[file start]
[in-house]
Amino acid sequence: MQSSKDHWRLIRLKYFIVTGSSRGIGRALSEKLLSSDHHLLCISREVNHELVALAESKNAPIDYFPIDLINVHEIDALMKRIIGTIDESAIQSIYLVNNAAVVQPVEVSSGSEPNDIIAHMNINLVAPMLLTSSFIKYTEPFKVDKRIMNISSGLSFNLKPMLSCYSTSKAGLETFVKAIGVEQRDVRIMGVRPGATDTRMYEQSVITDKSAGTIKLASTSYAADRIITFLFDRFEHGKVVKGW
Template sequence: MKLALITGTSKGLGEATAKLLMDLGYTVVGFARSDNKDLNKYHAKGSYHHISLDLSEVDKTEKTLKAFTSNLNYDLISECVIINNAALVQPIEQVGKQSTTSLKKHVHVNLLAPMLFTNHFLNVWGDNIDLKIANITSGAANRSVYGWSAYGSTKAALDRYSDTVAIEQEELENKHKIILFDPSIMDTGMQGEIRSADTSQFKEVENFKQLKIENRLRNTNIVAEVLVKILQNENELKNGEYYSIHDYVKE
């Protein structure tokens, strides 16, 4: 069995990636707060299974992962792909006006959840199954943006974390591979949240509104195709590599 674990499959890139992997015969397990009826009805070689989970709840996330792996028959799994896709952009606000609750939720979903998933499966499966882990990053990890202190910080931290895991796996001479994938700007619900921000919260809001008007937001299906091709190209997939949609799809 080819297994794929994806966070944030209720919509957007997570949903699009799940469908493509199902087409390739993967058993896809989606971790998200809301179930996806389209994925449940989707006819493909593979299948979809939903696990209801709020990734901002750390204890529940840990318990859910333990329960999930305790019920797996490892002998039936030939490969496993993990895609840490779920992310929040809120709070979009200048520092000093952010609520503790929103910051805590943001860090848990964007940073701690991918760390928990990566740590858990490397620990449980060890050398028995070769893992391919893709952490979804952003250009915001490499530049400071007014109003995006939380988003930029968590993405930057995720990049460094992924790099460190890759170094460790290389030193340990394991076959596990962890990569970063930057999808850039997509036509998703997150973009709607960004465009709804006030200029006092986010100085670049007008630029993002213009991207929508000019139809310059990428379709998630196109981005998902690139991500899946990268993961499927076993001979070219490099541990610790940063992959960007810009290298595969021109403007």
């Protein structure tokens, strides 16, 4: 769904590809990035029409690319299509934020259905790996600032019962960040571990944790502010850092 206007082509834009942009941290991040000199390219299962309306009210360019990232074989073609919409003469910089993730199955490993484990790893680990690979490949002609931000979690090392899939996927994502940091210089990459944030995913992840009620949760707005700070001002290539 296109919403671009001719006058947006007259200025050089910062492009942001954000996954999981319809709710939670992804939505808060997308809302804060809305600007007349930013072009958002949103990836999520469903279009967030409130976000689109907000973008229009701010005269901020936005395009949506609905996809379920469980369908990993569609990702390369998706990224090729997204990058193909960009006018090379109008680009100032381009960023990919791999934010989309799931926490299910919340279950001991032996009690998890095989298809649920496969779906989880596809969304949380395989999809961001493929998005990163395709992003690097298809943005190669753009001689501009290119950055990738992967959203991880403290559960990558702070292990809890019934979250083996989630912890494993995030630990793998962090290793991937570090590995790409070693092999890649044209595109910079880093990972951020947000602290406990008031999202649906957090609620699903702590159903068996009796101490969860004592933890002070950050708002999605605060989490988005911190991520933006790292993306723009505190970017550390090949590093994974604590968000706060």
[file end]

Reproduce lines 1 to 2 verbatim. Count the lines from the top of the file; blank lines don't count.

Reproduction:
[in-house]
Amino acid sequence: MQSSKDHWRLIRLKYFIVTGSSRGIGRALSEKLLSSDHHLLCISREVNHELVALAESKNAPIDYFPIDLINVHEIDALMKRIIGTIDESAIQSIYLVNNAAVVQPVEVSSGSEPNDIIAHMNINLVAPMLLTSSFIKYTEPFKVDKRIMNISSGLSFNLKPMLSCYSTSKAGLETFVKAIGVEQRDVRIMGVRPGATDTRMYEQSVITDKSAGTIKLASTSYAADRIITFLFDRFEHGKVVKGW